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December 9, 2010

Exposure to road material containing erionite may increase risk of lung cancer
Doctors propose preventive measures

CHICAGO – New data shows that people exposed to the mineral erionite found in gravel used as road material in North Dakota may be at significantly increased risk of developing mesothelioma, a type of lung cancer most often associated with asbestos exposure, according to research presented at the 2010 Chicago Multidisciplinary Symposium in Thoracic Oncology.

Erionite is a mineral that occurs naturally and is often found in volcanic ash that has been altered by weathering and ground water. Erionite forms brittle, wool-like fibrous masses in the hollows of rock formations.

Erionite deposits are present in parts of the U.S., including California, Oregon, North Dakota, South Dakota, Arizona and Nevada. In North Dakota, researchers have found that more than 300 miles of roads, including many school bus routes, were paved with erionite-contaminated gravel over the last 30 years. 

With properties similar to asbestos, erionite may pose health risks to those who breathe in the fibers. It is a known carcinogen associated with increased risk of mesothelioma. Erionite exposure has been linked to an unprecedented mesothelioma epidemic in some Turkish villages in Cappadocia, and it was widely believed that exposure to erionite was limited to that part of the world. 

“Based on the results of our study and considering the known latency period for lung disease, there is concern for increased risk of mesothelioma for exposed residents in North Dakota,” said Michele Carbone, M.D., Ph.D., lead author of the study and director of the University of Hawaii Cancer Center in Honolulu. “Precautionary measures should be undertaken to reduce human exposure to erionite in North Dakota and other areas of the U.S. where large deposits of erionite are present. Our findings provide an opportunity to implement novel preventive and early detection programs in the U.S., similar to what we have been doing in Turkey.”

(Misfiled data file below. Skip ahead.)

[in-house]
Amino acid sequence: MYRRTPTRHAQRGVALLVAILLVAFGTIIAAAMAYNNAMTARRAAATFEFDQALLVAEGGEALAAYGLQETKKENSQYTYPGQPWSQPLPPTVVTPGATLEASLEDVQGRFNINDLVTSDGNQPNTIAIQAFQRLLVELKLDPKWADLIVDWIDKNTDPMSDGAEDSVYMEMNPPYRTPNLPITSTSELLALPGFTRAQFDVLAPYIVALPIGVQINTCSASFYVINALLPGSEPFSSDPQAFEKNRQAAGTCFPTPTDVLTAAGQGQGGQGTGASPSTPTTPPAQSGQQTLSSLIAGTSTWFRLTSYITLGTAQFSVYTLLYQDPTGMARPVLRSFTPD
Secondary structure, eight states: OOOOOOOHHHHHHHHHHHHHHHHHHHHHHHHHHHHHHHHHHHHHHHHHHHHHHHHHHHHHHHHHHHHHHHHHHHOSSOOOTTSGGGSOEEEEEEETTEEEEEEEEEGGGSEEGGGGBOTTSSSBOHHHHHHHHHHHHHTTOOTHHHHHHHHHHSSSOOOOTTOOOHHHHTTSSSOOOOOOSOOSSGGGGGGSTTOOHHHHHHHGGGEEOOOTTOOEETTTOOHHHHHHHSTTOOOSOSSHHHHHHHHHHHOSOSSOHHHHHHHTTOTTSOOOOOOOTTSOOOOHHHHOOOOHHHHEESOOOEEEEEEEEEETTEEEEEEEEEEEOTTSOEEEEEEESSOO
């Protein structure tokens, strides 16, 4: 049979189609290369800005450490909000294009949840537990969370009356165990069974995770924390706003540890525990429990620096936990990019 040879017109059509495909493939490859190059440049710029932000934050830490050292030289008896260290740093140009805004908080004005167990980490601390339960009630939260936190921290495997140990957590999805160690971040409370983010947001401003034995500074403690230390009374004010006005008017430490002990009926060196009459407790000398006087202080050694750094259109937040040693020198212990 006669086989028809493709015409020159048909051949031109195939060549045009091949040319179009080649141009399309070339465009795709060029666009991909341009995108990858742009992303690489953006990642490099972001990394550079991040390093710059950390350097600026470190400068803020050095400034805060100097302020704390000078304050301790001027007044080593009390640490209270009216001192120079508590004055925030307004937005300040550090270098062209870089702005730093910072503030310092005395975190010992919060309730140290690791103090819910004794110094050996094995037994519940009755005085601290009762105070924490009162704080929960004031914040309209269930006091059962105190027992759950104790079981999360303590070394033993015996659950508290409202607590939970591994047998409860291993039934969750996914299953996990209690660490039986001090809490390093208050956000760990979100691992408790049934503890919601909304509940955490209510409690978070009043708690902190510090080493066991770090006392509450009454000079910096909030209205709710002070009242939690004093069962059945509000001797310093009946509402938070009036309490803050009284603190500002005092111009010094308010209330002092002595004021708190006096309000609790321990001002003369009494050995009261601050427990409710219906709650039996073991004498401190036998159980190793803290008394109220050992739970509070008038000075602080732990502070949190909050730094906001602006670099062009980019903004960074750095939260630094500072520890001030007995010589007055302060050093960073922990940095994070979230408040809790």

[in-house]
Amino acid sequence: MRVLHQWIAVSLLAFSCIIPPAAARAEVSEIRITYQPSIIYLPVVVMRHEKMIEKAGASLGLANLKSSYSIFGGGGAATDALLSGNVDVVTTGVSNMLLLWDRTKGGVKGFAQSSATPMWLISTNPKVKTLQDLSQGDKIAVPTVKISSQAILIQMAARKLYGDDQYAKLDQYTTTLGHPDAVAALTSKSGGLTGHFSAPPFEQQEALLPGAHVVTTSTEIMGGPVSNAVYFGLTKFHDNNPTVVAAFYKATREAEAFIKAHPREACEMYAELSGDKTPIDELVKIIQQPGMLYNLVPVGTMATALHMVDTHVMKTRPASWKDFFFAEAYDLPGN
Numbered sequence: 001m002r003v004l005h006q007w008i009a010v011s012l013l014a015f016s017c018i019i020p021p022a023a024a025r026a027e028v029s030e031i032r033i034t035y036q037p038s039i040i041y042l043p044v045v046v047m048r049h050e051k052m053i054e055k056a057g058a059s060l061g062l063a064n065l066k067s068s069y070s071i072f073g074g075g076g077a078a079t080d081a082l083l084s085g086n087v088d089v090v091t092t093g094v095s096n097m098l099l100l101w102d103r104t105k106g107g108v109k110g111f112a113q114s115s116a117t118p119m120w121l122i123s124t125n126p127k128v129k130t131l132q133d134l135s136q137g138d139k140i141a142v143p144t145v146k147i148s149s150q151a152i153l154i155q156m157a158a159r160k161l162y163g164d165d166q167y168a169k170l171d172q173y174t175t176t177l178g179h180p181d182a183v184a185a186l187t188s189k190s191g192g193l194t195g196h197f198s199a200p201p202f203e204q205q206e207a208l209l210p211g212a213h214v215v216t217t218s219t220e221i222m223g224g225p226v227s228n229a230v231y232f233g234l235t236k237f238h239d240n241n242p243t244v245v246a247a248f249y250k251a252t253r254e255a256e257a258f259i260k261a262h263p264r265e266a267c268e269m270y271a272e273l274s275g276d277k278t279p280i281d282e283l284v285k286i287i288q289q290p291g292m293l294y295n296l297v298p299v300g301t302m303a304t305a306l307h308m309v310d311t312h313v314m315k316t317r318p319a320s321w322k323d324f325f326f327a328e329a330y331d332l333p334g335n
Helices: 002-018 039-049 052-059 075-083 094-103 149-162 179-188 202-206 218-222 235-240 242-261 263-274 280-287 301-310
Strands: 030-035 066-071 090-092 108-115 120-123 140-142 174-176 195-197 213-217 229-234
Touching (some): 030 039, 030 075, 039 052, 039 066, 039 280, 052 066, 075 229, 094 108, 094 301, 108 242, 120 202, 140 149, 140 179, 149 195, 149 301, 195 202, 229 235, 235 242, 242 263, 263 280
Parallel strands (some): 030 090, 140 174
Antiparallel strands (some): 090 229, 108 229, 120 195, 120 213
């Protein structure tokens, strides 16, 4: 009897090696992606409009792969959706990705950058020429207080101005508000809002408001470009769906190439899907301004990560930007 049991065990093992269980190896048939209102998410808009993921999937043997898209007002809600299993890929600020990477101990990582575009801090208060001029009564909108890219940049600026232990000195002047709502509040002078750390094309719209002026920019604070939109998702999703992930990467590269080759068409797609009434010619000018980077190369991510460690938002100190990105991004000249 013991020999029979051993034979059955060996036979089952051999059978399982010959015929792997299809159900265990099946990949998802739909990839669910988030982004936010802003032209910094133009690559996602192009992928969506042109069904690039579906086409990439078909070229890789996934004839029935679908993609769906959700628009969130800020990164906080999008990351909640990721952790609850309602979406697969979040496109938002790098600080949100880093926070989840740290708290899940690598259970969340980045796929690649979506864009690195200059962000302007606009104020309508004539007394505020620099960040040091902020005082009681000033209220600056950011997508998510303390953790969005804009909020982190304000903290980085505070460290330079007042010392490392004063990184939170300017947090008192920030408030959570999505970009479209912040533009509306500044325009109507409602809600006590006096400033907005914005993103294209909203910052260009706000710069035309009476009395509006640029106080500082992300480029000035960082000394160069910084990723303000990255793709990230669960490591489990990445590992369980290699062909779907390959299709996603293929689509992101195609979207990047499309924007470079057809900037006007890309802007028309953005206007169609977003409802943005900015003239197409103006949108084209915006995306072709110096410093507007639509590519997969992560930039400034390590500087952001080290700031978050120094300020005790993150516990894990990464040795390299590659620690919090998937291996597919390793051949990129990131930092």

In the study, international researchers from the U.S., Italy and Turkey sought to examine the potential health risks for those exposed to erionite by comparing air samples, microchemistry, tissue samples and other data from North Dakota with those found in affected parts of Turkey.

Mesothelioma is a disease in which cells of the mesolthelium become abnormal and divide without control or order. They can invade and damage nearby tissues and organs. It is one of the most virulent forms of lung cancer and can be difficult to diagnose. Though relatively rare in the U.S., reported incidence rates have increased in the past 20 years.

Dr. Carbone and colleagues have studied the mesothelioma epidemic in Turkey for the past decade. He and Izzetine Baris, a Turkish physician, were the first to identify the link between erionite exposure and the high incidence of mesothelioma among the local populace in the Cappadocia region. Subsequently, Drs. Carbone and Baris worked to bring the health crisis to the attention of the Turkish Ministry of Health. Efforts are now underway to reduce erionite exposure by moving villagers away from areas where erionite exposure is high, and into new housing built out of materials that do not contain erionite. The National Cancer Institute has announced funding for (what)

The abstract “Erionite Exposure in North Dakota is Comparable to That Found in Turkish Villages Which Experience a High Incidence of Mesothelioma” will be presented at 4:30 p.m. Central time on December 9, 2010. To speak with Michele Carbone, M.D., Ph.D., please call Kellie Tormey  at 808-564-5814 or reach her by email at This e-mail address is being protected from spambots. You need JavaScript enabled to view it. . The symposium is co-sponsored by the American Society for Radiation Oncology (ASTRO), the American Society of Clinical Oncology (ASCO), the International Association for the Study of Lung Cancer (ISLAC) and The University of Chicago.

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